Read these 3 Basic Advertising Design Principles Tips tips to make your life smarter, better, faster and wiser. Each tip is approved by our Editors and created by expert writers so great we call them Gurus. LifeTips is the place to go when you need to know about Advertising tips and hundreds of other topics.
Your goal when you advertise is to get as many people as possible to read and agree with the ad you have written. You need a "grabber" - in a written ad that would be the headline that grabs attention and you need the body, which "sells" the product. In a print advertisement you must use as few words as possible to get your point across. The rule of "keep it simple" is a big rule here. No one is going to read a lot of 6 point type that explains the inner workings of your product.
Marketing a product takes a lot of work. To reach as many people as possible takes time and, depending on the medium you use, a lot of money. Mass mailing has proven to be effective even though the studies show you get only a 2% return.
The main basic principle then is REACH THE PEOPLE and keep it simple.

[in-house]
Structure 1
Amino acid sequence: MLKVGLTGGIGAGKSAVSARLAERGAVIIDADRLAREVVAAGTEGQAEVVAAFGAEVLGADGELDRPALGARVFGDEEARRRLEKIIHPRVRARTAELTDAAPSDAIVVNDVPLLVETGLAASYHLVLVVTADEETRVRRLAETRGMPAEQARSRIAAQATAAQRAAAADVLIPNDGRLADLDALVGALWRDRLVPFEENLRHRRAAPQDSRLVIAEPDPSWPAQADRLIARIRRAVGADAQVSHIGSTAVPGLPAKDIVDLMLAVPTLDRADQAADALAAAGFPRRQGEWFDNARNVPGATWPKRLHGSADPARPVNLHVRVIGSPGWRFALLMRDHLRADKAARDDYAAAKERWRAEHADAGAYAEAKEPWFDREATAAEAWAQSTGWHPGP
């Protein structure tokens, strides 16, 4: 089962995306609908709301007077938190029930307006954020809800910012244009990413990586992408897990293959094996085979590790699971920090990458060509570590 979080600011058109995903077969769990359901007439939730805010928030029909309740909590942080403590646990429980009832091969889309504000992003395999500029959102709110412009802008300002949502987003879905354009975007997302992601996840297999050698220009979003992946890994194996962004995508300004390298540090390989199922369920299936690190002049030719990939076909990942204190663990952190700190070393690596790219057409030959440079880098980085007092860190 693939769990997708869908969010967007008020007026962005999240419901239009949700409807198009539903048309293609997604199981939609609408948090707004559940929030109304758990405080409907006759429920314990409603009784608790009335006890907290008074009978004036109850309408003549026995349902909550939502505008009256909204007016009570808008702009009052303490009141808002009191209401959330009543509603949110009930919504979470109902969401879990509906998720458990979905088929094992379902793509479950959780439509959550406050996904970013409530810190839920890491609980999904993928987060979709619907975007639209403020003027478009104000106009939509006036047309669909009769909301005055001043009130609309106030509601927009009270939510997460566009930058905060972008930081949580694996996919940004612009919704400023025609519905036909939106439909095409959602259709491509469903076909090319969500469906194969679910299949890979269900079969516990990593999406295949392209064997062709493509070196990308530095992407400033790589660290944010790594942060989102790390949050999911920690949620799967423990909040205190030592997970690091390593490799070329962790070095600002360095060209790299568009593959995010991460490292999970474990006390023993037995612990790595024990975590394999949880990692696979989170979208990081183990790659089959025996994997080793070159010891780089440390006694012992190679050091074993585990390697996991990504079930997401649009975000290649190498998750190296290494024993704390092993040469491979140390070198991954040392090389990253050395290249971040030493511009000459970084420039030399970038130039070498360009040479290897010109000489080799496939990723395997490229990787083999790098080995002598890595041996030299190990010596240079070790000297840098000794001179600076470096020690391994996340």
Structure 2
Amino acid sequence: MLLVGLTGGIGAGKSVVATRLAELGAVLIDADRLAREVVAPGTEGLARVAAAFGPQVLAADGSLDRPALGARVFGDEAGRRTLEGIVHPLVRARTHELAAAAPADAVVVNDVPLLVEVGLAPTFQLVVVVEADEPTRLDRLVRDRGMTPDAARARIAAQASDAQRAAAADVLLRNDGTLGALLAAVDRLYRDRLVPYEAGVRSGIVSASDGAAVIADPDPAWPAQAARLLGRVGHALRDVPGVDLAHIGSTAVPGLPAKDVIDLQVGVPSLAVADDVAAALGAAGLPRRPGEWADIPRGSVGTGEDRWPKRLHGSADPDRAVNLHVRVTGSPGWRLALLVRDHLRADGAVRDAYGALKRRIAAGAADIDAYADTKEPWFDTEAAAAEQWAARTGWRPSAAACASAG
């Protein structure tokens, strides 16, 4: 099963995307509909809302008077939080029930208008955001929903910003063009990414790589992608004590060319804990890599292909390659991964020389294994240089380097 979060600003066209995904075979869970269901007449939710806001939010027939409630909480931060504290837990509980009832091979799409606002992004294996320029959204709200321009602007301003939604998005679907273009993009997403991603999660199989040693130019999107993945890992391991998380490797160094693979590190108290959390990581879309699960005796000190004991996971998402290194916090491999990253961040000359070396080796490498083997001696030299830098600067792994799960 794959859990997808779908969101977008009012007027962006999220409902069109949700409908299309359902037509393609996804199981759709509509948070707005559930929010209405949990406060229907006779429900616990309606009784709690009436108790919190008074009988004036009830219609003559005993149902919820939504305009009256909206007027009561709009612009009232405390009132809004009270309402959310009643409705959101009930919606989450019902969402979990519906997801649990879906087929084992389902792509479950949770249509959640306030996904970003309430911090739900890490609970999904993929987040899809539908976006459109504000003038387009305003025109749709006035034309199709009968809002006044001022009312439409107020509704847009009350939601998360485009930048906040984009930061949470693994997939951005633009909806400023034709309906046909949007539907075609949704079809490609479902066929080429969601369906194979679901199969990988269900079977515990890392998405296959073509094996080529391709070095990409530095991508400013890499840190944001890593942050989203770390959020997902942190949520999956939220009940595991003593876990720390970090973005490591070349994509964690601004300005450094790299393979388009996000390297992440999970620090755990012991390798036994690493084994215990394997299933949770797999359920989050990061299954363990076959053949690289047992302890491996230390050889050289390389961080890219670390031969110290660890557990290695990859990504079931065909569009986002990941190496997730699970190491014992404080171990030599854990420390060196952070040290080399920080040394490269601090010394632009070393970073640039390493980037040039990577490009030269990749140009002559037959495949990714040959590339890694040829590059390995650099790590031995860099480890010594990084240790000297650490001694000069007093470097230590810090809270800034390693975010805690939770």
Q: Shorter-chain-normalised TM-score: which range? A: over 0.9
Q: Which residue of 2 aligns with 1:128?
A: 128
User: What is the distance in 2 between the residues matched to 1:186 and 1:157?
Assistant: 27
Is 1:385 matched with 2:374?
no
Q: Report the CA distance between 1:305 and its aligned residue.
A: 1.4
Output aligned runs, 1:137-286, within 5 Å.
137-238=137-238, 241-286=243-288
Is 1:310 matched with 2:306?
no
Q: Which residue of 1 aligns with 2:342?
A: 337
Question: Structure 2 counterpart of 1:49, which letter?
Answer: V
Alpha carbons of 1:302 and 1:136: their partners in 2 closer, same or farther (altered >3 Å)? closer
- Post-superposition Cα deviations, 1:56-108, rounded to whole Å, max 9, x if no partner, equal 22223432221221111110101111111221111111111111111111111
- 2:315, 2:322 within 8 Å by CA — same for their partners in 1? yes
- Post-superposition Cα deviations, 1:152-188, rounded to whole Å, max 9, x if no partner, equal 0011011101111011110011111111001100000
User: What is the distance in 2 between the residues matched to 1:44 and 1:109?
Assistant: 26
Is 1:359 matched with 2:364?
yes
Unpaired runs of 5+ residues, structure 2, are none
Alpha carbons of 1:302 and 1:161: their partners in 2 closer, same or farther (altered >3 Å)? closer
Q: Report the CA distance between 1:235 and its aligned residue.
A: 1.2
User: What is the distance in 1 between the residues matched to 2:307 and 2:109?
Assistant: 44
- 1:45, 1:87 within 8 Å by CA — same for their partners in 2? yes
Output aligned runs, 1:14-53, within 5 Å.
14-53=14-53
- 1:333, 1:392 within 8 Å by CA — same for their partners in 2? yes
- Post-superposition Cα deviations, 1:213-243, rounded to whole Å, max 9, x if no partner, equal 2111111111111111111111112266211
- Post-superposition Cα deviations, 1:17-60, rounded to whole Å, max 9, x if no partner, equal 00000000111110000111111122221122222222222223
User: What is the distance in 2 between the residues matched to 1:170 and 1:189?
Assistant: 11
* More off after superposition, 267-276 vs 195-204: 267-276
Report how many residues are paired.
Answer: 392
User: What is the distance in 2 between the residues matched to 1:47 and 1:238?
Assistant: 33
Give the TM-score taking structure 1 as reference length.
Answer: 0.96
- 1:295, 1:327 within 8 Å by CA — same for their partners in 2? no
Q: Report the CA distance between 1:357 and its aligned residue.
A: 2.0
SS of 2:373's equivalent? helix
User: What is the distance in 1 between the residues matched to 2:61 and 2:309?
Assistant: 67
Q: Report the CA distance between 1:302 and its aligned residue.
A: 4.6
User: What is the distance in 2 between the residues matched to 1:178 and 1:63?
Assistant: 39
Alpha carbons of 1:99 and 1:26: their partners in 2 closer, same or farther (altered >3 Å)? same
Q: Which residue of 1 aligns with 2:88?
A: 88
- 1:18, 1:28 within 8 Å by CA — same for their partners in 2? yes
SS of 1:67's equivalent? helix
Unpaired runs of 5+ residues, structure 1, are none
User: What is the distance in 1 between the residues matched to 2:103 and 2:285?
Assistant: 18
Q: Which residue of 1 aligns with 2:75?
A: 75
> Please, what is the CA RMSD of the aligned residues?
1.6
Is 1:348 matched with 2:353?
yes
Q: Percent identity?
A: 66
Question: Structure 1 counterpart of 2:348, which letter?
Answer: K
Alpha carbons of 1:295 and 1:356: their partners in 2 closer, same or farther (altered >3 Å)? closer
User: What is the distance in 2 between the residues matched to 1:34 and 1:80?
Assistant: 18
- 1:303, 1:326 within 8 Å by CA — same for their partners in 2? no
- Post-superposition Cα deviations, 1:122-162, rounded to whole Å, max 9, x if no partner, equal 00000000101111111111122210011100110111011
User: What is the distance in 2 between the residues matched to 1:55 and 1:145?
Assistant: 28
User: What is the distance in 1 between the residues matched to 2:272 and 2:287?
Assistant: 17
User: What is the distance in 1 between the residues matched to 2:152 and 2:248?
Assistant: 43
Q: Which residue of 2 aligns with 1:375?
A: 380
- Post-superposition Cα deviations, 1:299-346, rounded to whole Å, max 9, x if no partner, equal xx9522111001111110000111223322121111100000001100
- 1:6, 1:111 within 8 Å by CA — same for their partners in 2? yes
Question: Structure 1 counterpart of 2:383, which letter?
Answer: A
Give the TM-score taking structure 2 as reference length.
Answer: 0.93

You sit down to your blank page (or screen) to design your newspaper ad. Wow, you've got so many different offers. You want to sell everything you have in your one column, 5 inch ad. Don't. Pick one product or one service. Customers get confused when you start bombarding them with too much information. Pick one. Sell it.
Look at that cool font, I think I'll use that, and wow, that one looks really neat too. Sweet...gotta throw in this other one, and then put all the copy in plain old times roman.
Slow it down, skippy. Rule of thumb--only use one or two fonts in your ad design. Why? Well, using too many just looks confusing, and not very pleasing to the eye either.
I usually use a nice bold font for my headline, one that will also read well for the body of text I may have in the ad (addresses, phone numbers, etc.) and the second font I might choose could be a cursive compliment. At least that's what I call them. For example, I might use Alor, or Mister Earl (one I have seen in lots of print ads lately!) and then put in little accents with a Brush Script. One or two fonts. Looks cleaner.
|Sheri Ann Richerson|